Sealing/coatong cabinet interiors under kitchen sink

How/Why:
    Leaky kitchen sink pipes.     Unfinished particle board cabinet floor, MDF sides.     Shelf liner wudn't 'dat good.
Result:
    Soaked particle board cabinet floor.
Remedial action:
    Dried out with fan and light bulbs.     Sanded off punky particle board with ROS.
Current status:
    Cabinet floor is mostly smooth and dry with some small patches of dry but rough and a little punky PB.
Limitations:
    Replacing cabinets is NOT an option just now.
Question:
    What is best solution and prophylactic action? I'm thinking of sealing the particle board and MDF with something (shellac, wood preservaticve, &tc,. ???), then coating with a primer (Kilz?), then painting with a quality oil-based paint.
Any suggestions?
Again, thanks a heap, -Zz
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Zz Yzx wrote:

do the shellac or wood preservative.
s
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Steve Barker wrote:

Go to Sam's or Gordon's or whatever local place sells restaurant supplies to the public. Buy 1 or 2 or those gray plastic tubs they sell for busboys to use, whatever combination they have that will fit through the doors into your cabinet. Put them under the drip points for sink. Added advantage- you can fill them with cleaning supplies, and when those leak, they will not soak into the cabinet floor either. You can also slide them out like drawers to reach the stuff in the back. If the busboy tubs are too big for your cabinet, plastic wash tubs, catbox pans, etc, come in other sizes and would also work.
-- aem sends...
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The best solution: Replace the bad MDF with plywood. I've done this several times for people, and it usually takes a couple of hours. Cut the old stuff out with a reciprocating saw; replace the bad supports underneath (trust me, they're bad), glued and nailed in place; put in replacement floor, glued and nailed. The new floor will have to go in in two or more pieces. Sand, prime, and paint. Use a good gloss paint.
Next best solution: Use wood putty on the rough parts. Sand, prime, and paint. Cover everything with heavy shelf liner.
OK solution: Put a new piece of plywood on top of the bad MDF. Sand, prime, paint
--
Steve Bell
New Life Home Improvement
  Click to see the full signature.
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First, fix the leak. There was no mention of that. Maybe you implied that.

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Probably just get it smooth, mabye give it a coat of exterior paint if it's real bad, and cover with shelf liner. Or if you want a better result with more work, you can go buy a sheet of veneer cabinet facing, make a template and glue in place. Will likely have to be in more than one piece though to get it in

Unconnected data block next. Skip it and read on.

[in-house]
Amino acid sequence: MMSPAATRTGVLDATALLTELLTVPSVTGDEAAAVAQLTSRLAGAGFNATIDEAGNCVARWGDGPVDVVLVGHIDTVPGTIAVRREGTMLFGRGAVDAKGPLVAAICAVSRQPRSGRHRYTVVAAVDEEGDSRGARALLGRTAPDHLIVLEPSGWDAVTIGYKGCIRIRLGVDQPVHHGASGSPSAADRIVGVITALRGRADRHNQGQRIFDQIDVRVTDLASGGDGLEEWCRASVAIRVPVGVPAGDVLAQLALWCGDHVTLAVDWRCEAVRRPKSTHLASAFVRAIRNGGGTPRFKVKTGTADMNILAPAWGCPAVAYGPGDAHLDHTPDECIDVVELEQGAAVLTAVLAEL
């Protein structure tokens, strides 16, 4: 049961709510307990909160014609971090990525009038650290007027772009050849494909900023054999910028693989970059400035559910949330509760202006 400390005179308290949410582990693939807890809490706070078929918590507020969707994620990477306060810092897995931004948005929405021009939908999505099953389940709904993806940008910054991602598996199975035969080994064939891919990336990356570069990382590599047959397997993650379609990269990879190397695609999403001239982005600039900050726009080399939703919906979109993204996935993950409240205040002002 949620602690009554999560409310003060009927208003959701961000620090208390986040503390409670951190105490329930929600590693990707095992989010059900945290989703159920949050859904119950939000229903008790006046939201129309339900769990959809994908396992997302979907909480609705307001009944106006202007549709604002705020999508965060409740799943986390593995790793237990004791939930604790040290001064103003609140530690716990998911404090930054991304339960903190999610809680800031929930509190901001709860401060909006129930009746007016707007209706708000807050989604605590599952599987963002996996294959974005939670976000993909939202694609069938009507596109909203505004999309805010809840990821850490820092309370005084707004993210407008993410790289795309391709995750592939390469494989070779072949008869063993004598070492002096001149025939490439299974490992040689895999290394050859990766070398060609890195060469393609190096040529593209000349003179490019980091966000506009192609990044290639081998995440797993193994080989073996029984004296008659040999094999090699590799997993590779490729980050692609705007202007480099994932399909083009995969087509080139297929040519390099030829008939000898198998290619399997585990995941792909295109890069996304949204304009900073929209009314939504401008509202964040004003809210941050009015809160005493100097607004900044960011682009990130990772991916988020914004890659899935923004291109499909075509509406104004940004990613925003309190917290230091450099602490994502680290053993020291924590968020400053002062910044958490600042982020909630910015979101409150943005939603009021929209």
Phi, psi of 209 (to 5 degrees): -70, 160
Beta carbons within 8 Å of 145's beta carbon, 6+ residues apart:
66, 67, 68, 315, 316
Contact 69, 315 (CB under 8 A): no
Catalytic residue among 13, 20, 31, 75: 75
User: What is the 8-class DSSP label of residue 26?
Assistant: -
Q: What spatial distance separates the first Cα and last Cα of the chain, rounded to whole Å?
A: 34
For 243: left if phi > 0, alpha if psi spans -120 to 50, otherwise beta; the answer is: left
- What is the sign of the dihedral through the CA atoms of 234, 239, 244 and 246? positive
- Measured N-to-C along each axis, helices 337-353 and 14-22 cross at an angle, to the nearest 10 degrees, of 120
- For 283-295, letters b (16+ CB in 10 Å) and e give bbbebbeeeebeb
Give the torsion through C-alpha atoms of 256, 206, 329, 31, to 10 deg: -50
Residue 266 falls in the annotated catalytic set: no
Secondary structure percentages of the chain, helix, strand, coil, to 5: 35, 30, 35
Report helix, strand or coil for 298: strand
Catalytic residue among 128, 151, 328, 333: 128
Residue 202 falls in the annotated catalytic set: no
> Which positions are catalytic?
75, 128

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Zz Yzx wrote:

Good you didn't start a fire with light bulbs
Punky? Crumbled? Bulging?

Saw dust + water soluble glue = particle board. Dissolve glue and you have sawdust. If the defects are small, just mix up some Elmer's Wood Glue, a little water and some crumbled particle board or sawdust. Wood filler works fine.

Shellac is one type of primer, for certain coatings. Don't over-engineer a simple task. Prime with your favorite brand of primer intended for bare wood. Caulk joints and openings with paintable caulk so future leaks don't penetrate the ends of the panel. Paint two or three coats of alkyd, being sure that each cures .. you don't want to put stuff back in before the paint cures.
FWIW, Kilz is a BRAND NAME - I think everyone thinks "Kilz" because it got to be the most popular stain-blocking primer. I have used several types of Kilz, as well as other brands. If I need primer, I generally get same brand as my favorite paint.
More, here: http://www.kilz.com/pages/default.aspx?NavIDa

If the p.b. is dry, largely intact, and properly painted, it will last another 100 years.
We had our kitchen "redone", with new doors and drawers and facings on frames. The cabinets are 40 y/o, built in place 3/4" ply - we couldn't afford same quality for replacement and there was nothing wrong with interiors other than wear. Sanded and painted interiors (who looks at inside of the cab. when it is full?). Just a couple of months after paying beaucoup $ for the work, our kitchen flooded from burst washer hose. Quick work with a wet vac and squeegee nozzle kept the cabinets from being damaged by the water, which got to about 1" deep in places.

I keep an old towel laid down inside cabinet under the sink to catch drips - no leaks, and if there is something more substantial I want it to be evident.
I like alkyd paint for kitchen and bath - greasy dirt and spills soften latex paint too quickly.
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snipped-for-privacy@earthlink.net wrote:

over any 15 year period or so, you'll get leaks under the sink for rusting connections etc. I paint my wood inside with a two part epoxy paint.. -- ps. I'm in the epoxy business so just grab some from the shelf. --- paul
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If the leak wasnt fixed sealing wood so it wont dry will make this no better or maybe worse.
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I like using a piece of scrap vinyl flooring in the bottom of cabinet to make it more water resistant. Of course, it won't hold up to a gallon of water, but is impervious to the little drips.
Cheers!
JK
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